Help - Python REST API (war: Python-list Digest, Vol 183, Issue 13)

dieter dieter at handshake.de
Fri Dec 14 02:42:48 EST 2018


Afriyie Abraham Kwabena <afriyie.abraham at gmail.com> writes:
> ...
> Thanks for the reply maybe I did not explain myself very well but is it possible to apply this scenario to a database server like MySQL where I can write some python code to post, get, delete, etc to the database? However the client (python code I have to write ) have to be authenticated and then after that can have access to the data in the server. If this is possible what should be my starting point and which python frameworks or libraries do i have to use to achieve this. 

I have put "Zope" into the ring (for the server side). If your actual
data lives in a relational database, then "Zope" might not be ideal:
while "dm.zope.reseller" demonstrates that "Zope" can be used as an interface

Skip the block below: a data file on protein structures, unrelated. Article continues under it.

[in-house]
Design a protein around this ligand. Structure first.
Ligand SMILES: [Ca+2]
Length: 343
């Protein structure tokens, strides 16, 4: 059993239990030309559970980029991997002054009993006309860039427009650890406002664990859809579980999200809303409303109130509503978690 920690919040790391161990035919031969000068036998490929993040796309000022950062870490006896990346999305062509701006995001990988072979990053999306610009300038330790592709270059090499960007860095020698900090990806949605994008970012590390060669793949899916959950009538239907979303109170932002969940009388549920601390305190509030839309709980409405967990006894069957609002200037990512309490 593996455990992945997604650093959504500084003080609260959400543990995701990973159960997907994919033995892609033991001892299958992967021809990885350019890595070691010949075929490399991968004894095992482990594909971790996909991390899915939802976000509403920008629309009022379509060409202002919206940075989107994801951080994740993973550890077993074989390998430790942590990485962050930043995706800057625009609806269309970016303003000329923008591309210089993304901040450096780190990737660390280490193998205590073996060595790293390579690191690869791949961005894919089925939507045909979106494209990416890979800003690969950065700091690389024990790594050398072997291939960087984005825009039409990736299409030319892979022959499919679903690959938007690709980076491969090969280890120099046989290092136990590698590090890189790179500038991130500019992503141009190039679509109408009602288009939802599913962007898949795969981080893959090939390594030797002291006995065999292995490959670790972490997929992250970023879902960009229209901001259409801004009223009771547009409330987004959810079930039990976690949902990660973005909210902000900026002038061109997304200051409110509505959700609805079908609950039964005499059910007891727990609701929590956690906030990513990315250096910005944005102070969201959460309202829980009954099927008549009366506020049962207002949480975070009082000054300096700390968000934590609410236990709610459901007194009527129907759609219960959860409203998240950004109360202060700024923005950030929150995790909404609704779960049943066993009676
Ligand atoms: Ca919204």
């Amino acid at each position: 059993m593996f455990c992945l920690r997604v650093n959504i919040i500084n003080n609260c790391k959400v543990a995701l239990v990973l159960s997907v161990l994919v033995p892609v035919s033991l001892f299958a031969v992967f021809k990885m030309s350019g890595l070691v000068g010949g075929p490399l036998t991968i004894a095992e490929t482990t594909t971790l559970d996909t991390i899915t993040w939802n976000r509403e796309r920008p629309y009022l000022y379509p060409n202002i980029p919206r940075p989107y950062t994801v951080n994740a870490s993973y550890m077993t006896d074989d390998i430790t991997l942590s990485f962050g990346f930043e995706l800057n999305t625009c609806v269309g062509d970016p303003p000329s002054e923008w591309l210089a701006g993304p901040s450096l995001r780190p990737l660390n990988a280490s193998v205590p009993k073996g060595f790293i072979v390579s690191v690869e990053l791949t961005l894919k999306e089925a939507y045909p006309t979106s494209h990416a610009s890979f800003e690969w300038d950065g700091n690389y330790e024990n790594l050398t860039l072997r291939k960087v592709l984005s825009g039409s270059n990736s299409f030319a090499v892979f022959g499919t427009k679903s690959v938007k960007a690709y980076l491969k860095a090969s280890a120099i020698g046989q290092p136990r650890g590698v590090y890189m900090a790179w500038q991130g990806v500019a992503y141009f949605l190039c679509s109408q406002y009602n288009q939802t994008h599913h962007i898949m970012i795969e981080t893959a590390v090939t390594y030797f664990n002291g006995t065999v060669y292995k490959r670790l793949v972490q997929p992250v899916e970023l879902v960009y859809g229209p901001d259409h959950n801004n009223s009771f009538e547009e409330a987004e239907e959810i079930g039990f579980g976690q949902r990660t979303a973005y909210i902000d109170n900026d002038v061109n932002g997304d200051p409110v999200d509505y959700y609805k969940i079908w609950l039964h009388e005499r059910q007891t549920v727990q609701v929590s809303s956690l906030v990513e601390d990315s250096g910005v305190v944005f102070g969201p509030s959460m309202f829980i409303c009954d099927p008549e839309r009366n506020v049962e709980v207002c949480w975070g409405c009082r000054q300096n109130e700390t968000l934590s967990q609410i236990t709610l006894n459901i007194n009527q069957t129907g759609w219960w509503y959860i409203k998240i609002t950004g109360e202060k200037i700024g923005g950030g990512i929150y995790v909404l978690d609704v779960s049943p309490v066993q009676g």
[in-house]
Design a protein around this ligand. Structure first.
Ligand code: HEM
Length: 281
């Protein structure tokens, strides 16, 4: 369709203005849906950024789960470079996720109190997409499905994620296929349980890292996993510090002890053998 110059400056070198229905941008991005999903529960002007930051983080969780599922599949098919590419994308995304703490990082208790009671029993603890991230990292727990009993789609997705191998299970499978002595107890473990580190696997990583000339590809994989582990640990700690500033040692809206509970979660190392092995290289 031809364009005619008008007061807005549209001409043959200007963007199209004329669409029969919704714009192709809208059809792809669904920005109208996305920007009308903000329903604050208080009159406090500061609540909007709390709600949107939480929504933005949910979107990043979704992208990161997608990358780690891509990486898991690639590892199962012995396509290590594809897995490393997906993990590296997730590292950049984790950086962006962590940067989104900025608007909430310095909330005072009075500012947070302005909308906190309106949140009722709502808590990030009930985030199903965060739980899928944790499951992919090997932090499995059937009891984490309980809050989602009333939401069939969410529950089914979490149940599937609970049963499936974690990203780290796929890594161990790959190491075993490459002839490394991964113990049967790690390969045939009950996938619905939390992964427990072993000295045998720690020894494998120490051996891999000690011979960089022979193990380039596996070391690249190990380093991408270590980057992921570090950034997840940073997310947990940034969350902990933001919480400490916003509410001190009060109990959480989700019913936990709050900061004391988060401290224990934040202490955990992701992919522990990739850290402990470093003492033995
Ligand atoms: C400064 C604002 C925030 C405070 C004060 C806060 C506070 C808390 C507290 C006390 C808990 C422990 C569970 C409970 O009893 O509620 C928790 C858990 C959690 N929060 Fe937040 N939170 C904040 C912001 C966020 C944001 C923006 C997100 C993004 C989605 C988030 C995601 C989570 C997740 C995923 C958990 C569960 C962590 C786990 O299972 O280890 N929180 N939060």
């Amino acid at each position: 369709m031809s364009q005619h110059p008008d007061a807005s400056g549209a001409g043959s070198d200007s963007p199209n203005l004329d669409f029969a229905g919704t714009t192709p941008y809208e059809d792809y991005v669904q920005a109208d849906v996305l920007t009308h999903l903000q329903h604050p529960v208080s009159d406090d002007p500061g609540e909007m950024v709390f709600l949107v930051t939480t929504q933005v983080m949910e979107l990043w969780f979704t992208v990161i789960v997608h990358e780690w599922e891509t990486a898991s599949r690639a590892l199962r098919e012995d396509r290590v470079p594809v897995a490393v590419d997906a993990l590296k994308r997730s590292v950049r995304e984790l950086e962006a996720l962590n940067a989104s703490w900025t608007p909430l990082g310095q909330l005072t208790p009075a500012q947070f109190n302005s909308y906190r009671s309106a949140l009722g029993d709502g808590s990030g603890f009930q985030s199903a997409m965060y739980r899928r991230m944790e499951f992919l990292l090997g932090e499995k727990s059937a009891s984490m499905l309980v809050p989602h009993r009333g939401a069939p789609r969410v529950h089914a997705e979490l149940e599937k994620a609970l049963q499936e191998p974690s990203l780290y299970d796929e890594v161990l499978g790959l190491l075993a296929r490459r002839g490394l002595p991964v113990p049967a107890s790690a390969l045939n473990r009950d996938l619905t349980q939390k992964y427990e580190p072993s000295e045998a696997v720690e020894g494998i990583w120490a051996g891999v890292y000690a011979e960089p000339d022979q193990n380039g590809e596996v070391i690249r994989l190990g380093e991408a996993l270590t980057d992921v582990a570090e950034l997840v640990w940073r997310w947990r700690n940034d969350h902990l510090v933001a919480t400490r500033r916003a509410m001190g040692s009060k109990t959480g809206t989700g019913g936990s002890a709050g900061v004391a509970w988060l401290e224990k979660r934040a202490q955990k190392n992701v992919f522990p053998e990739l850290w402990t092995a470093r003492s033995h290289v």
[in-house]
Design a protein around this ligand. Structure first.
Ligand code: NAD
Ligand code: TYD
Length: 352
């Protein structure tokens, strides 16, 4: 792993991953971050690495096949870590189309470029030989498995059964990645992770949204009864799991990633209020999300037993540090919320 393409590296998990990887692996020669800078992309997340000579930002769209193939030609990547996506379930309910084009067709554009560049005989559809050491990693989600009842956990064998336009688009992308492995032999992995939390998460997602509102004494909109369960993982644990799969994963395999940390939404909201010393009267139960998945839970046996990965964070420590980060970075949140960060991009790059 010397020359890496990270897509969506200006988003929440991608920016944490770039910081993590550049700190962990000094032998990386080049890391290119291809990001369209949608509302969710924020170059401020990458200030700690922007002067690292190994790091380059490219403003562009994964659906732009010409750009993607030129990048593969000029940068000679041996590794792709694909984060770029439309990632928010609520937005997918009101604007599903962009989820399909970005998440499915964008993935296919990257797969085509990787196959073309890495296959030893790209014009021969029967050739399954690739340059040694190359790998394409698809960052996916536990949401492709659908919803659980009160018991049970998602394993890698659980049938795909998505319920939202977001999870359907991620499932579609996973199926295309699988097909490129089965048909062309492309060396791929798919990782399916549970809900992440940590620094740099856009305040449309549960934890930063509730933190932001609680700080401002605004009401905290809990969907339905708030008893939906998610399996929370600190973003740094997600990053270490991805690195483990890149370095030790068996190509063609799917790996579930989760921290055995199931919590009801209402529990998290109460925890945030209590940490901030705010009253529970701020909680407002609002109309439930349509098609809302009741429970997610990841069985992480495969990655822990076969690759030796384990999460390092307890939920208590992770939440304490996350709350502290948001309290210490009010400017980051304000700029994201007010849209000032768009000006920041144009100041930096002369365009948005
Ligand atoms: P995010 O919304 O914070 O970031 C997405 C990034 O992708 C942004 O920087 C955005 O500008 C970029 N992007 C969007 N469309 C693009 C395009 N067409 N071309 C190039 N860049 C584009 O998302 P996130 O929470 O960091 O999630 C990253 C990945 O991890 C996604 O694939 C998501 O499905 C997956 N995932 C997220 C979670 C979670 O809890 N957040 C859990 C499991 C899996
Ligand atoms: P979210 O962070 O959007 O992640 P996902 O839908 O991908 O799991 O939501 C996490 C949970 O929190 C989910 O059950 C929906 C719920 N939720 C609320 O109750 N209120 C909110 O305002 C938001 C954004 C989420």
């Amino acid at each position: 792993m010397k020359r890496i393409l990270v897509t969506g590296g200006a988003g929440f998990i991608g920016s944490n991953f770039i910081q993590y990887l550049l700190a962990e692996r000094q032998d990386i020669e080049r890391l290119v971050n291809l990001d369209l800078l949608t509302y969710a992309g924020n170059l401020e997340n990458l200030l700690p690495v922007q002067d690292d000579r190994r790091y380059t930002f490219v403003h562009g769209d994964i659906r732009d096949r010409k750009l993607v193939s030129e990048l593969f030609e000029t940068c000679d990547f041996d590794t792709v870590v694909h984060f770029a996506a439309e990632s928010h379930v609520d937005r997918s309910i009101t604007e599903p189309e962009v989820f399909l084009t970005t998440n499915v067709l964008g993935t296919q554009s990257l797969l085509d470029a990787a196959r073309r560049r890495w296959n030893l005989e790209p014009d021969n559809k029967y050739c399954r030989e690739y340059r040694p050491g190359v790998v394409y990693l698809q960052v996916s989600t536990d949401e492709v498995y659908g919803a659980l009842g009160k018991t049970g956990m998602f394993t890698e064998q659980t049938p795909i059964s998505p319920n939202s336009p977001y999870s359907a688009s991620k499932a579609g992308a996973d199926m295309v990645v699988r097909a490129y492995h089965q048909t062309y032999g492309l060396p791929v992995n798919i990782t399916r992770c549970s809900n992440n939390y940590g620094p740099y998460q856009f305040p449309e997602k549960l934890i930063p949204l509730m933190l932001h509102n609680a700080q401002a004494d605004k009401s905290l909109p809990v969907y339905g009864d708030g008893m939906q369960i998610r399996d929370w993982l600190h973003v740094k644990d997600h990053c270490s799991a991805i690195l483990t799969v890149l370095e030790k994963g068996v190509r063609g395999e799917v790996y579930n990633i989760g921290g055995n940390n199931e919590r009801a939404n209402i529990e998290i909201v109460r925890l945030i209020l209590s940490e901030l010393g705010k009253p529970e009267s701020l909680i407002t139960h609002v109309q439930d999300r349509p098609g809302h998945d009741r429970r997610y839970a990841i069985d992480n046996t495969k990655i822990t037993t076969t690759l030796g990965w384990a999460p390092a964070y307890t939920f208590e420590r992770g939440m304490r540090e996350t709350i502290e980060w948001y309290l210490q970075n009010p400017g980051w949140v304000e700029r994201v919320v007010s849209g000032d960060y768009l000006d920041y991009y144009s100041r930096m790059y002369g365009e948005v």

to entities in a relational database, this is not directly supported
and you need some deeper knowledge to get it done.

The particularity of REST is its very limited support for verbs: it knows
only the standard HTTP commands ("GET", "HEAD", "POST", "PUT", "DELETE")
as verbs. You must introduce artificial objects to support a richer
verb set. E.g. to express the verbs "search_users", "add_user",
you would introduce an object "users" and map "search_users --> users/GET",
"add_user --> users/POST"; for "update_user", you would have user objects
representing an individual user and map "update_user --> <user>/PUT".
If you look at this in the relational world, then the object "users"
corresponds to a table, while a user object corresponds to an entry
in this table, i.e. those objects live on different representational
levels (table, table entry) in the relational database.

Out of the box, Zope only has limited support for this kind
of modelization: its "ZSQL Method"s can be used to represent a table;
their "direct traversal" can be used to represent a table entry.
But, you must do special things to get the REST expected semantics
of "POST", "PUT" and "DELETE".


The client side should be easy -- at least, if the number of objects
you must support is small. You can then use the module "urllib2/http.client"
likely together with the module "json".





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